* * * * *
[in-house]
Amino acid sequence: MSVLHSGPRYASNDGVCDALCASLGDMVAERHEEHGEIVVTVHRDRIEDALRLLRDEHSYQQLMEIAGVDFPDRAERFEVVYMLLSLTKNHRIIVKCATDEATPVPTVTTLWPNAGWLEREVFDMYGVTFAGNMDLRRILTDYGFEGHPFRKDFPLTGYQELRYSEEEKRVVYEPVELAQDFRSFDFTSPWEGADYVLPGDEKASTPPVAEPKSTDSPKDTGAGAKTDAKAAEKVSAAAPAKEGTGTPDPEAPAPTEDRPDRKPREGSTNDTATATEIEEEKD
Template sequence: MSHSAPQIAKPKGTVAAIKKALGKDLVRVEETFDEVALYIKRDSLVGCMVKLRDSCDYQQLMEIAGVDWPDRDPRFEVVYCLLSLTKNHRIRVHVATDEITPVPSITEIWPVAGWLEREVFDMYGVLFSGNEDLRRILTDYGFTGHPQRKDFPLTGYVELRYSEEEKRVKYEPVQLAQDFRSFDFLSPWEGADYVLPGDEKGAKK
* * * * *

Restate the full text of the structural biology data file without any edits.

[in-house]
Amino acid sequence: MSVLHSGPRYASNDGVCDALCASLGDMVAERHEEHGEIVVTVHRDRIEDALRLLRDEHSYQQLMEIAGVDFPDRAERFEVVYMLLSLTKNHRIIVKCATDEATPVPTVTTLWPNAGWLEREVFDMYGVTFAGNMDLRRILTDYGFEGHPFRKDFPLTGYQELRYSEEEKRVVYEPVELAQDFRSFDFTSPWEGADYVLPGDEKASTPPVAEPKSTDSPKDTGAGAKTDAKAAEKVSAAAPAKEGTGTPDPEAPAPTEDRPDRKPREGSTNDTATATEIEEEKD
Template sequence: MSHSAPQIAKPKGTVAAIKKALGKDLVRVEETFDEVALYIKRDSLVGCMVKLRDSCDYQQLMEIAGVDWPDRDPRFEVVYCLLSLTKNHRIRVHVATDEITPVPSITEIWPVAGWLEREVFDMYGVLFSGNEDLRRILTDYGFTGHPQRKDFPLTGYVELRYSEEEKRVKYEPVQLAQDFRSFDFLSPWEGADYVLPGDEKGAKK